Anger usually follows denial.  When my friend's husband died unexpectedly, she would tell me that she spent the evening  yelling at his photo.  She was so hurt and so angry that he just died unexpectedly and left her to manage everything all alone.  She was angry at others and the things they said about the accident and about her family.  I just listened to her when she wanted to vent.  She needed to know it was OK that she was angry.  It was also alright for her to let others know she was angry.  She needed to choose a safe place to put her anger.  That was me.  It would not have been appropriate or healthy to vent at her children.  They would not understand or know what to do with that.  They may internalize it and think she was mad at them because their father died.  What would that do to their little self-esteem?  They will have their own anger in their own time because their father is gone.  When that happens, their mother will need to be patient with them and help them to know that their anger is OK.  She can give them appropriate ways to show their anger.  For example, "when you are angry because your father is gone you can go and punch the punching bag, or write him a nasty letter, or go out and paint the fence!"  If you give them positive places and behaviors to manage their anger, they will learn how to appropriately manage their anger in the future.  If you do not want them, for instance, hitting people when they are angry, maybe you wouldn't want to allow them to punch the punching bag (or teach them to hit things when they are mad---different people will have different philosophies about what would be appropriate behavior when they are angry).  And if you are at a total loss for thinking of an appropriate behavior, then pray about it.  The Lord knows you and your little person.  He knows perfectly how he/she is feeling and what behaviors would help your little person through their grieving process.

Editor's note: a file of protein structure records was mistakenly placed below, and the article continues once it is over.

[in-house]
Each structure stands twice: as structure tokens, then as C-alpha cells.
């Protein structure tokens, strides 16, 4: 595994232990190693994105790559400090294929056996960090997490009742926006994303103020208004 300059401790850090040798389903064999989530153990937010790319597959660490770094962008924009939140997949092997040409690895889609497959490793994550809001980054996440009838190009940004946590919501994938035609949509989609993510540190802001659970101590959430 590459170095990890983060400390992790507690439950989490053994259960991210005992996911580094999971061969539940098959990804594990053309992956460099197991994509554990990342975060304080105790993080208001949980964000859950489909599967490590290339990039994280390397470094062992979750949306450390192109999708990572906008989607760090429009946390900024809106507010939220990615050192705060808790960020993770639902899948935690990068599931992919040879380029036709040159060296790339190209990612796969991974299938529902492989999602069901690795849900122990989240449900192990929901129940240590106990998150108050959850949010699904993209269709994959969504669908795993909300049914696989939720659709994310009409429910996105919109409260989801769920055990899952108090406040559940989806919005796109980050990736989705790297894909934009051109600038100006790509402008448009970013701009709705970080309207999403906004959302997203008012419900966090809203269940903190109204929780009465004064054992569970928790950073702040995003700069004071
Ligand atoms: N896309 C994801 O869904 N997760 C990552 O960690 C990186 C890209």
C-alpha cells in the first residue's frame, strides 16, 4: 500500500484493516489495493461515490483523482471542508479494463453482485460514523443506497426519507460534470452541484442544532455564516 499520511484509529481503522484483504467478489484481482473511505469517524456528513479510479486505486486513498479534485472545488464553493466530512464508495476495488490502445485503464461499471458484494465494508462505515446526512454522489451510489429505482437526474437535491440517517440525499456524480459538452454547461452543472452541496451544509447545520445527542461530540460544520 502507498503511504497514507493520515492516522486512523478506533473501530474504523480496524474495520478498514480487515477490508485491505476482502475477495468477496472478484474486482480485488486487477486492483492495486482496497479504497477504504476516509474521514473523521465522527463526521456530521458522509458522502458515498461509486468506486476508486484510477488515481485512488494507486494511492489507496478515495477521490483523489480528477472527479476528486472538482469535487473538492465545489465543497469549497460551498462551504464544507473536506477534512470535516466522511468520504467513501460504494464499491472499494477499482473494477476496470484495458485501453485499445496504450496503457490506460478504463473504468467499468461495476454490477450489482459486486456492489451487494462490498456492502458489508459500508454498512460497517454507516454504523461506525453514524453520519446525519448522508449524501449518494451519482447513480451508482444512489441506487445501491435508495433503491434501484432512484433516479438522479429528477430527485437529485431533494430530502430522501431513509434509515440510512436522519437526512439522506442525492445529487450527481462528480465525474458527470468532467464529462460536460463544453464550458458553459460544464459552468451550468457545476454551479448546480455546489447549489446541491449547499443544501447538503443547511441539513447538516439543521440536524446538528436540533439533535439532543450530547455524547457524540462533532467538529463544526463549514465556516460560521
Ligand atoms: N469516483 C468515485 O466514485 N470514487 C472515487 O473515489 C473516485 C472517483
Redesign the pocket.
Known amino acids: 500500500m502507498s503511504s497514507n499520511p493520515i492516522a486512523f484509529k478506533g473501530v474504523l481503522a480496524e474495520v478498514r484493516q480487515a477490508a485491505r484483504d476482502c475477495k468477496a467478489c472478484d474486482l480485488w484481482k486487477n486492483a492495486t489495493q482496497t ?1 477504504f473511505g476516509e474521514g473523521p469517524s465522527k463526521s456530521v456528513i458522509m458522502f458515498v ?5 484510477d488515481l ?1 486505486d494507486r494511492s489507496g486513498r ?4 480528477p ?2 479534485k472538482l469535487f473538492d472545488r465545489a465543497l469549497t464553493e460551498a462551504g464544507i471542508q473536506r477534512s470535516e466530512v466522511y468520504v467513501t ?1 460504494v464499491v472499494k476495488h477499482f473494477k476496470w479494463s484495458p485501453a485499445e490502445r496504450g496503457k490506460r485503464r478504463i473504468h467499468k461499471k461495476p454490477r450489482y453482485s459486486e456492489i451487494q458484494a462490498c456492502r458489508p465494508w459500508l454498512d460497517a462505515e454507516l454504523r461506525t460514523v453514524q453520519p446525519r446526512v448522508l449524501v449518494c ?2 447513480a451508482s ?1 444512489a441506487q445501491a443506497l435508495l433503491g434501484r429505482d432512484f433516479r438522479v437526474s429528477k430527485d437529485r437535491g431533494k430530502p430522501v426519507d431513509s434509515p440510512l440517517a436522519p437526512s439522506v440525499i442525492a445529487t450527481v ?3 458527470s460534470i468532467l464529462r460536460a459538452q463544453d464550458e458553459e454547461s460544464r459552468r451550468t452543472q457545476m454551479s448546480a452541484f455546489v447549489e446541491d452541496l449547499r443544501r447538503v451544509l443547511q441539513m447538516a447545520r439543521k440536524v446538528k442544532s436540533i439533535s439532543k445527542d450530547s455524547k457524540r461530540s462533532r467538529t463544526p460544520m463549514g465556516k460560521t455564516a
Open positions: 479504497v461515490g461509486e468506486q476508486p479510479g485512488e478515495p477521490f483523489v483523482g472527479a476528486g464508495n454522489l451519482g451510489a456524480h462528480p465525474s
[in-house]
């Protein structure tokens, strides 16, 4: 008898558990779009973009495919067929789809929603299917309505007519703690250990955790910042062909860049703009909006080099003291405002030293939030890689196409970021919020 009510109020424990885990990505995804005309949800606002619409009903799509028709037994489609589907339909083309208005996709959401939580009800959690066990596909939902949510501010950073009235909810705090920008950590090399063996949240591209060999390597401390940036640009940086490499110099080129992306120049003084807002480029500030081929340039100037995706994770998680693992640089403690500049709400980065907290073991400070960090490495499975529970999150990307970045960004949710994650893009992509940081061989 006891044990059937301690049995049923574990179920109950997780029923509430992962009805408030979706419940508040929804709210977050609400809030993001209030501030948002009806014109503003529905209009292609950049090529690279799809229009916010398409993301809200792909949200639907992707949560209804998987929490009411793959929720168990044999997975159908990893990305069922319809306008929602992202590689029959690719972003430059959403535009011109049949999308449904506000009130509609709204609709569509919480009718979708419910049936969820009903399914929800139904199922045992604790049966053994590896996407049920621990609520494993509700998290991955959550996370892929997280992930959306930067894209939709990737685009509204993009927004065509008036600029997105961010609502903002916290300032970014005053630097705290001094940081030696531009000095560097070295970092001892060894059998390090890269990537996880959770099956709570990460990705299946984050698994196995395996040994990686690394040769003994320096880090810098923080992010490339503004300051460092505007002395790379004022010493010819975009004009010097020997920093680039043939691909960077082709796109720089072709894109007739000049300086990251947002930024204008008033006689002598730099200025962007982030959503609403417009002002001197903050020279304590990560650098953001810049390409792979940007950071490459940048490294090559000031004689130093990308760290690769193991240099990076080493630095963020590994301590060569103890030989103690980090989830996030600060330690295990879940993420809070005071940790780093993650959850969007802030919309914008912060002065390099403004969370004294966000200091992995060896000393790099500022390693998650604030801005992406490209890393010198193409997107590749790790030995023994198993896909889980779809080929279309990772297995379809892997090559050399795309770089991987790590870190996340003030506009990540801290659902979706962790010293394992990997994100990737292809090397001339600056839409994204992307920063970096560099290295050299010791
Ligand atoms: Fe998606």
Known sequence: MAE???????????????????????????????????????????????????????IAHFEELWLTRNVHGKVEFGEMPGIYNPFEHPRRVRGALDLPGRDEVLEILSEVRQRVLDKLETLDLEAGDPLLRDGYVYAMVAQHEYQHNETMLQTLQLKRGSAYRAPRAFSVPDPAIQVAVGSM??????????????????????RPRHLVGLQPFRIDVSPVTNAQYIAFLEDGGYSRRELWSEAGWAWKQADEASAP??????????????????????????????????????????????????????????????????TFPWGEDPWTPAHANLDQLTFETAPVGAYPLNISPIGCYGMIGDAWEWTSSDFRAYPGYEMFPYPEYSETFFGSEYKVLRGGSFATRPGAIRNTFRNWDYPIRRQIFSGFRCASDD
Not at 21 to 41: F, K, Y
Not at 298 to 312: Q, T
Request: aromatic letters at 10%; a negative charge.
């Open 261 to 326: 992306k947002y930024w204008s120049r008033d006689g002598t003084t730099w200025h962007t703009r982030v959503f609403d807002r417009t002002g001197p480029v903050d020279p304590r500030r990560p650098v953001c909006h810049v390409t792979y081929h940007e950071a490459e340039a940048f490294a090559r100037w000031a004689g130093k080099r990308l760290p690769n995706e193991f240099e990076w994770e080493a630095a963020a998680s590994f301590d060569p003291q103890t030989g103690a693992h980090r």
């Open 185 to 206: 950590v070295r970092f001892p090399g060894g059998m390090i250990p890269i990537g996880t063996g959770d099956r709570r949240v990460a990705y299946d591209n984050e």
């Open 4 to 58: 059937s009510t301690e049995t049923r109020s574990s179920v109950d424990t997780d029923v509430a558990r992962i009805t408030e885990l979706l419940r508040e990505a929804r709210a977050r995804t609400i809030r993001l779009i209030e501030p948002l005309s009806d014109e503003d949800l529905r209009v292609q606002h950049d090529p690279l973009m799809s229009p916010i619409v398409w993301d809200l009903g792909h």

copyright: Karen Larsen photography